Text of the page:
Friday, January 27, 2006

To Update

The Latest Update:

Terlingua, TX (03/13/2005 - 03/19/2005)

Just decided.....I am going to update this blog with my journal entries from the trip. It's not the way that blogs are suppose to work, but I want to document it properly of my trip in the American South, before it's lost. I need to start writing down these experiences, and organize all the pictures. All entries are in the dates of my dairy entries.

Watch this entry for more updates as time goes.

I decided to start a new blog, a sort of a new chapter in life on my new works at San Jose State University is at

Monday, August 22, 2005

I am home...

Made it...

Now what?

Wednesday, May 25, 2005

The Golden Gate

Well.... that's all folks.

It was a long day, but I met up with my friend Brian at the end of the Golden Gate bridge just before it got dark. It was weird, but I don't want to go home! and I had tried to hold off going back to Fremont as long as I could. Soft and warm bed awaits, but just the thought of going back to the very same place that I was so eager to leave 5 months ago, just sounded so depressing.

MILES: 5033.2

Tuesday, May 10, 2005

Updates.... Days since Austin

It's been ages since I updated this.... Between biking, sight-seeing, cooking, writting my journal, reading... itwas hard to find time to sit down and type up the things from my journals. I'll give you an short Reader's Digest version of it....

Let's see.... I got to Austin on the 26th of Feb. and spend the next few days there just harging out in UT Austin, checking out their graduate program in Photo Journalism. I was very impressed with the calibor of the studens and the faculty there, I was invited to sit in one of the classes, and even got a free ticket to see a movie about the Rwanda genocide with the class. I think the professor impressed me the most, being a war photographer for decades, she knew just about anyone, and anywho in the international circles, and we talked for hours.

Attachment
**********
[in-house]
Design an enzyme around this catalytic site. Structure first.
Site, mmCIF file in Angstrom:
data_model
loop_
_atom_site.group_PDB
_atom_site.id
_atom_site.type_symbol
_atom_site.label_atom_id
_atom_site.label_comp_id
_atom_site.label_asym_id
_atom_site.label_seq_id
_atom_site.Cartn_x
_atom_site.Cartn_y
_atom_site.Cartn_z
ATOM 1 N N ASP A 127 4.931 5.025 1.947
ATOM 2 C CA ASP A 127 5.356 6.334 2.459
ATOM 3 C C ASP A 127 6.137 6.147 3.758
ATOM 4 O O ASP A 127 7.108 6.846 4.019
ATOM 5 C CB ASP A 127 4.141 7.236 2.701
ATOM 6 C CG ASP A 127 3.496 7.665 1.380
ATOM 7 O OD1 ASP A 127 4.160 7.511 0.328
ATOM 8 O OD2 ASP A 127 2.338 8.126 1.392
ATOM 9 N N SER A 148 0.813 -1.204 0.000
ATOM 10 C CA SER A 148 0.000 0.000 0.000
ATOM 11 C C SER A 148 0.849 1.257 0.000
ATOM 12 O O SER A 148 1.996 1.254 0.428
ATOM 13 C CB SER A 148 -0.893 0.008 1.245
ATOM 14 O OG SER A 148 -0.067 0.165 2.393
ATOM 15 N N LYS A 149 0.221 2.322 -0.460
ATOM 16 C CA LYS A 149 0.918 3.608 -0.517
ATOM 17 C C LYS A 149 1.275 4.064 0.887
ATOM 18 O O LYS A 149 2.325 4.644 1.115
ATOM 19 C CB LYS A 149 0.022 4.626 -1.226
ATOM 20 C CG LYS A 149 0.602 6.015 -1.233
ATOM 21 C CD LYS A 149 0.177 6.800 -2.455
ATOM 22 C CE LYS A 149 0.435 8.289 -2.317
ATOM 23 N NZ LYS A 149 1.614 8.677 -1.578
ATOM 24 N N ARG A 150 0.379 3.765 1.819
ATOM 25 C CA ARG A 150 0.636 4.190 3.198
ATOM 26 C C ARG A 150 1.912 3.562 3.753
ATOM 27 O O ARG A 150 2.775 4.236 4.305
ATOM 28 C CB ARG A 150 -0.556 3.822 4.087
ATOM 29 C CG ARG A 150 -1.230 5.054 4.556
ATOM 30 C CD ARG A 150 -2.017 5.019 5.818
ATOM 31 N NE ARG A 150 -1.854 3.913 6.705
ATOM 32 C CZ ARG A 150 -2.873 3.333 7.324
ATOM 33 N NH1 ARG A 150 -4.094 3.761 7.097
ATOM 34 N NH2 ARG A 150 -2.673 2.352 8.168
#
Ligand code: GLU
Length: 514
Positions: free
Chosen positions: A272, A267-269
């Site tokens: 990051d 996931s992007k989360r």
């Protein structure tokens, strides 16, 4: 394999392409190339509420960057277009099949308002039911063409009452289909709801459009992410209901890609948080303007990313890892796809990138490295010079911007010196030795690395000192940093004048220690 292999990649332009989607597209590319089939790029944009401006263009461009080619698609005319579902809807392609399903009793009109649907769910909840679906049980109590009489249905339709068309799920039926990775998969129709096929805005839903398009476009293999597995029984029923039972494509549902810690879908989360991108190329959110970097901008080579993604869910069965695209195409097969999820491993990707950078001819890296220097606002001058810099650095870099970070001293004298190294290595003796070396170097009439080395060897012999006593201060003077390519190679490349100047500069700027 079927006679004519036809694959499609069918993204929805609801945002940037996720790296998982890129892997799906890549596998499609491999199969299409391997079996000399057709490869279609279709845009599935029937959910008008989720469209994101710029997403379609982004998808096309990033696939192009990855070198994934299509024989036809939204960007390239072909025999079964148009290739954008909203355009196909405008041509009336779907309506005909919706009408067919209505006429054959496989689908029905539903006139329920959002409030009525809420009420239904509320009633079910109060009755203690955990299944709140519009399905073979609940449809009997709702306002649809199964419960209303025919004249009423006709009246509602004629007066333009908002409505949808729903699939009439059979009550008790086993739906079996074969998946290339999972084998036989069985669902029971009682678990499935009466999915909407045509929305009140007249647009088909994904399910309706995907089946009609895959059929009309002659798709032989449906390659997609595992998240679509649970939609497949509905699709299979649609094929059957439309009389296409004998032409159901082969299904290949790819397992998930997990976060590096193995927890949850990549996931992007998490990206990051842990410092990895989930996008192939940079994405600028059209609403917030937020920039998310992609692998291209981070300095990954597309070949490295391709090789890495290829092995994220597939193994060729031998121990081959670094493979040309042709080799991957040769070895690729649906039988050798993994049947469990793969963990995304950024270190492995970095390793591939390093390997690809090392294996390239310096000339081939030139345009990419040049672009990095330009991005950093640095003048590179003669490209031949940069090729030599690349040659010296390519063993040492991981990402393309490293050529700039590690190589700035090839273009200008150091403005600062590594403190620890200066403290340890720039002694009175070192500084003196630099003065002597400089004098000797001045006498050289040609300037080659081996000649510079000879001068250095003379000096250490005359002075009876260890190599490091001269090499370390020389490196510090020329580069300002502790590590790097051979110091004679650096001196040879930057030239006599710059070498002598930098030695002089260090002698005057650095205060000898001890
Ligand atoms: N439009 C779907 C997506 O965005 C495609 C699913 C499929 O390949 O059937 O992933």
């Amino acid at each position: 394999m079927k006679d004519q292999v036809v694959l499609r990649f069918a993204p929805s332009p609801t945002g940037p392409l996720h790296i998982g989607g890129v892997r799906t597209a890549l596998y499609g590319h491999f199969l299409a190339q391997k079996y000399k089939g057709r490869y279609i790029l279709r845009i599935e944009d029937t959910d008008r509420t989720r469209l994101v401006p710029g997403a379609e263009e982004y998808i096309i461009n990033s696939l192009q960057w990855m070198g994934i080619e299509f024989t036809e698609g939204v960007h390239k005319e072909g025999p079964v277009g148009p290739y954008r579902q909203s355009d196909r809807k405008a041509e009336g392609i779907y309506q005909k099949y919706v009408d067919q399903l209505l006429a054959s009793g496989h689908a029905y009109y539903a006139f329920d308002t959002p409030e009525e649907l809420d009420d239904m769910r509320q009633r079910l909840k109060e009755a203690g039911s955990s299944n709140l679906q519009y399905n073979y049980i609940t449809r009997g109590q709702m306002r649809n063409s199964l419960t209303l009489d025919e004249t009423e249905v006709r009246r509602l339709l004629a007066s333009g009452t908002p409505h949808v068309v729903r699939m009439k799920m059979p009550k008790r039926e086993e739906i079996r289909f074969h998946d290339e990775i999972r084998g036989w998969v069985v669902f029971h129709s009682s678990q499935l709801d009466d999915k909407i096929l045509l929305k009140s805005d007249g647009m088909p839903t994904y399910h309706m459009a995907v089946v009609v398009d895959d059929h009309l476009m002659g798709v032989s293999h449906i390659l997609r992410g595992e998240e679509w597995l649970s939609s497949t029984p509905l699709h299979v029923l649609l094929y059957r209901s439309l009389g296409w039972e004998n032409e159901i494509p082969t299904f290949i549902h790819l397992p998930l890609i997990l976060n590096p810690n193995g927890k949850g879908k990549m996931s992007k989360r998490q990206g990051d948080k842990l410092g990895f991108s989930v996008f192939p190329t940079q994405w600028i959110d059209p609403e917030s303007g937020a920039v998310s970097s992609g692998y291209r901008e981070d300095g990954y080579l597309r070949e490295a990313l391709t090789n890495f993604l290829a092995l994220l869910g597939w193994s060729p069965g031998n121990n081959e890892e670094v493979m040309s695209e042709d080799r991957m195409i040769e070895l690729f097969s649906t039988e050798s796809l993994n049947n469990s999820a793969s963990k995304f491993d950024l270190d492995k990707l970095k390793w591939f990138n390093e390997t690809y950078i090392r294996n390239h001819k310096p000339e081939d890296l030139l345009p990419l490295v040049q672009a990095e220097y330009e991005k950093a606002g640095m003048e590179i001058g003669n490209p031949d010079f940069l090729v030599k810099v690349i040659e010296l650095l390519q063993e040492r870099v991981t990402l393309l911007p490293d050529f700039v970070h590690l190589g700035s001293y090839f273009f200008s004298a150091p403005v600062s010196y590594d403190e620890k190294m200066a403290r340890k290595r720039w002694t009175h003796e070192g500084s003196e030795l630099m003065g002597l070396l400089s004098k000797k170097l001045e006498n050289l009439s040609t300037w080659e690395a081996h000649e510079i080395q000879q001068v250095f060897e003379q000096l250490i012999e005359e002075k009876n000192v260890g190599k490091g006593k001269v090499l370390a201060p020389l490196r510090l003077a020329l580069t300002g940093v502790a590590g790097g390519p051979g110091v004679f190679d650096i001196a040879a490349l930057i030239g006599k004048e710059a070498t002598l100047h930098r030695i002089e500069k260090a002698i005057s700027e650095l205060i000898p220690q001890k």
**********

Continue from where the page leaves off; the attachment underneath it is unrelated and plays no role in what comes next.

After Austin, it was the Hill Countries. Which is where I was greeted for the very first time with the word "Howdy!" in Texas. I think I would of fallen off the bike, if that old cow hand was wearing a cowboy hat. That was just so Texas!

This is also the part of Texas, where I picked up my gun. :-) I had since upgrated to a can of high tech peper spray from an army surplus store. I found the water gun was a little hard to aim, when you were being chased by some son-of-a-bitches in full speed. (Yes, I learned that from experience). A spray can with a large cone of coverage should works out better. It's like upgrading a shot-gun, from a handgun.

After the Hill Country, it was Del Rio. Where I met John and Lyly, whom let me stay with them for tree days and fed me GOOD. It was very difficult to leave, and when I tried I managed to crashed their car and crack the bumper. Which they would not let me pay for it. I left their place in tears.

After Del Rio, I was very much distracted.... The route of Carbeza de Vaca, which I had followed since Florida was not well agreed on by historians after entering Texas, and many belived that he was all over the place in western Texas for a few year. ...and that was what I ended up doing as well. :-)

I biked up to Marathon,TX and hitchiked my way down to Big Bend National Park with two college kids in their VW van(ppl driving VW vans are way cool). They had this jar of almond butter which tasted so good with the few apples that they had. We finished it all off, by the time we got to Big Bend.

Big Bend was beautifull that time of the year, the bluebonnet were blooming along side of the road, delicate desert flowers dotted the deserts, butterflies and bees are all just buzzing around all over, and some of the priickly pears(if I were to spell this correctlly, the word "priick" gets filtered) are becgan to rippen. I could not help myself to devolved a few of them, after remembering reading how Cabeza de Vaca had followed the rippening of the priickly pears northward along with the indian tribes that he was living with at the time. I was so amazed by the color of my fingers, all stained purpled by the flesh of the fruit, that I couldn't help but to think that.... "Yeah..., that must of been the color of Cabezar's fingers, after all his days picking these priickly pears..."